Soothing Sensitive Skin
Burning, stinging, prickling, itching. Sound like a bad gardening experience? Actually, various reports state that 50% of the world’s population suffers from these symptoms in a condition broadly termed ‘sensitive’ skin. The term sensitive skin generally refers to a skin condition defined by sensory symptoms rather than a disease entity. However, due to a lack of a clear definition, it does not account for the differentiation between a truly sensitive skin and a sensitized skin.
Sensitivity comes in many forms
A true sensitive skin condition is the result of your genes. This genetic redisposition is found in those who have fair skin and present other allergic diseases. They may also be susceptible to inflammatory skin diseases like Eczema, Psoriasis and Rosacea. Unlike sensitive skin, sensitized skin is not a result of genetics. It is a reflection of your environment, lifestyle and physiology- and can affect any person regardless of skin color or gender. Pollution, cosmetic and skin care ingredients, over-exfoliation, diet, alcohol and climate changes can all trigger sensitization in the skin. Luckily, this condition can be improved with proper skin care and lifestyle choices. There are sophisticated formulations out there that can deliver effective results for the most sensitized skin condition to reduce redness and soothe irritation for long lasting skin relief. However, there are also a number of products claiming they are made for ‘sensitive skin.’ How can you navigate between all the marketing hype?
New Ingredient Technology
Whereas immunogenic inflammation is triggered by your body’s immune system, neurogenic inflammation is triggered by the nervous system. Both can yield the same redness, itching and irritation, resulting in sensitized skin. Fortunately, there is newer ingredient technology that targets the nerve response associated with inflammation and sensitization. Red Hogweed (Boerhavia diffusa) root extract is a remarkable plant extract that helps to restore tissue integrity by favoring anti-inflammatory substances via different arms of the inflammatory pathway. One of these arms, neurogenic inflammation, is a nerve response that results in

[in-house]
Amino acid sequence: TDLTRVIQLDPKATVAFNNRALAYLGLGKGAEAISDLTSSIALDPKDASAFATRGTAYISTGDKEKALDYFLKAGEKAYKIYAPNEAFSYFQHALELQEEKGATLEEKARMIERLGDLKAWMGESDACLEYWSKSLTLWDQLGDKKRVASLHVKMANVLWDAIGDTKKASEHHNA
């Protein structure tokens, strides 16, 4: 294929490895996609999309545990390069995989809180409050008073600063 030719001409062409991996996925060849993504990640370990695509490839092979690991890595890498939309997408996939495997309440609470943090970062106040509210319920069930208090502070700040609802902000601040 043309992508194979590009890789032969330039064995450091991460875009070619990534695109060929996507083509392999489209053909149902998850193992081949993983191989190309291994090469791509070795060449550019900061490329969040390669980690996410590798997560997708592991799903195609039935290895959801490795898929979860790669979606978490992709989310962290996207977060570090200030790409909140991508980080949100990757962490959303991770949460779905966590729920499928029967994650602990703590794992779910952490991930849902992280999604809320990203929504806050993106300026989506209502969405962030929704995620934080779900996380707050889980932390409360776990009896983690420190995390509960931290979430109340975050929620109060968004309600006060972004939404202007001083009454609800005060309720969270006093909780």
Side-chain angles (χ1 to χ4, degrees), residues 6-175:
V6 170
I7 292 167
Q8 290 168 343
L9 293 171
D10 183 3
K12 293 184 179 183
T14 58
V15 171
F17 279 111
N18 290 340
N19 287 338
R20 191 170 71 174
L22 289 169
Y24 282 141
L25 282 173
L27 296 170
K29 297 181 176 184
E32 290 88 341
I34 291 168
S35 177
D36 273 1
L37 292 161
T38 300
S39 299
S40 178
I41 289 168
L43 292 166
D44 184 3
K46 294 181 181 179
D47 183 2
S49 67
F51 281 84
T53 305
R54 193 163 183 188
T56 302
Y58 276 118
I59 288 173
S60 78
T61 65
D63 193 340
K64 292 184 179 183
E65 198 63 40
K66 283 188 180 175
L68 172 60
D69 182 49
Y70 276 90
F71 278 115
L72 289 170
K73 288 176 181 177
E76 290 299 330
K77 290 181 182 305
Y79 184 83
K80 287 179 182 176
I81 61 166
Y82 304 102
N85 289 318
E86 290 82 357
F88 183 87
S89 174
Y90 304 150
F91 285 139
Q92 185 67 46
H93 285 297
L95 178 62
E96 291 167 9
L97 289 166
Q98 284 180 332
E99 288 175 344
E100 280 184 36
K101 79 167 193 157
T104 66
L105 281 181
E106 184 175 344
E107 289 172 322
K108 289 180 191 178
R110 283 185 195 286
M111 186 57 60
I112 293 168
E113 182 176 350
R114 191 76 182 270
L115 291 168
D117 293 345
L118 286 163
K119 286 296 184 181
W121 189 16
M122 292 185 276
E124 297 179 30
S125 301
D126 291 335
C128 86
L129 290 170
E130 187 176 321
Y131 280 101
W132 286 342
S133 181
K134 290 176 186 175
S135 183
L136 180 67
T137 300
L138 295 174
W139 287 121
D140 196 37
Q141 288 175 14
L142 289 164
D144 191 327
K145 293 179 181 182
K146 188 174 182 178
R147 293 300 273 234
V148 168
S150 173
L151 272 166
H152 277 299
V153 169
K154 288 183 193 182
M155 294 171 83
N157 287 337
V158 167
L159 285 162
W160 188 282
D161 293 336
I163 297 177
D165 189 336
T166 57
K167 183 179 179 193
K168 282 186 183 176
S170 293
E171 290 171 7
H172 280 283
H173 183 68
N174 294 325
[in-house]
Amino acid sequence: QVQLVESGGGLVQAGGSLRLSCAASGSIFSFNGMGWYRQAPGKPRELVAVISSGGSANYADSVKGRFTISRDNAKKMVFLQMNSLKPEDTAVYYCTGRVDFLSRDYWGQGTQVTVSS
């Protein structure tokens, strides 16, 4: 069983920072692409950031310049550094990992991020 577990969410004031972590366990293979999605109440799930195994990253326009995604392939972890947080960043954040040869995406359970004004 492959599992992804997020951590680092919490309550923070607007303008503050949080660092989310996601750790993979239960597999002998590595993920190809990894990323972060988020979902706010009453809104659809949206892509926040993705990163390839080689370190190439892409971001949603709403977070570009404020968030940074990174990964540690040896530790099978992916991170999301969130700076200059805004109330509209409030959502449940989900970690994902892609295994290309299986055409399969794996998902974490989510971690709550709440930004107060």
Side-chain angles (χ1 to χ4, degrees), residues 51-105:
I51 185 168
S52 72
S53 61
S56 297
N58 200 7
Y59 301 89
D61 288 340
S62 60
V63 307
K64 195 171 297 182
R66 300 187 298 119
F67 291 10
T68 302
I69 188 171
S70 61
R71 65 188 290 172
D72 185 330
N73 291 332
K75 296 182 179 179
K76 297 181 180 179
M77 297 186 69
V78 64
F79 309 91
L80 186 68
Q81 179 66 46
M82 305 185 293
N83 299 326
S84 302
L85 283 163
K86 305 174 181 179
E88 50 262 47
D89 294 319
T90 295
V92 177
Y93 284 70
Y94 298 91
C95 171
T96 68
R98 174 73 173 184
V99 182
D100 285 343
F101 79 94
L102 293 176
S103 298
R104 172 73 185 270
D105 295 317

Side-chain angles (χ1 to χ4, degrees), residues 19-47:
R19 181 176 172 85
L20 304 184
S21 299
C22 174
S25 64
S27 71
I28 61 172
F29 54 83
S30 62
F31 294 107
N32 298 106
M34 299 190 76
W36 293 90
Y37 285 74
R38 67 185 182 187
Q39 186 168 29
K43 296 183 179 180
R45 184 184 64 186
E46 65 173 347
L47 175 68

inflammation and its hallmark symptoms of redness and irritation. In reducing the nerve response, we can help reduce the sensitivity associated with neurogenic inflammation, bringing the skin to a normal level of sensitivity. Certain peptides, like acetyl tetrapeptide-15, have also been shown to curb neurogenic inflammation. Some botanicals have been used as anti-inflammatory agents for
generations. The calming and soothing effects of Oat are widely known to reduce itch, redness and irritation, which is why it’s still a popular ingredient for soothing sensitive skin. Ginger and bisabolol, a chamomile derivative, reduce redness by working better as a team, rather than separately, and should also be considered as anti-inflammatory ingredients. Together, these and other ingredients can provide serious relief from the inflammatory and neurogenic pathways that lead to skin sensitivity.
A restorative blend of lipids
When inflammation is paired with the loss of skin’s protective barrier, the skin becomes highly reactive. To counter this, additional ingredients that mimic the skin’s natural composition of ceramides, cholesterol and essential fatty acids are a must for sensitive skin. Borage seed and Evening Primrose Oil are high in gamma linoleic acid, a fatty acid required for intact epidermal layers. Avocado is a great source of natural phytosterols, while sunflower seed contains ceramides. So don’t forget the barrier lipid layer when choosing a product for sensitive and sensitized skin. These lipids fortify the skin’s barrier while the anti-inflammatory ingredients soothe irritated, sensitized skin. Approach sensitivity from all angles with tried and true anti-inflammatory botanicals paired with sophisticated ingredients that address the nerve response.
And remember to de-stress! No topical ingredient can truly calm the skin without a little help from the mind.
by Dr. Claudia Aguirre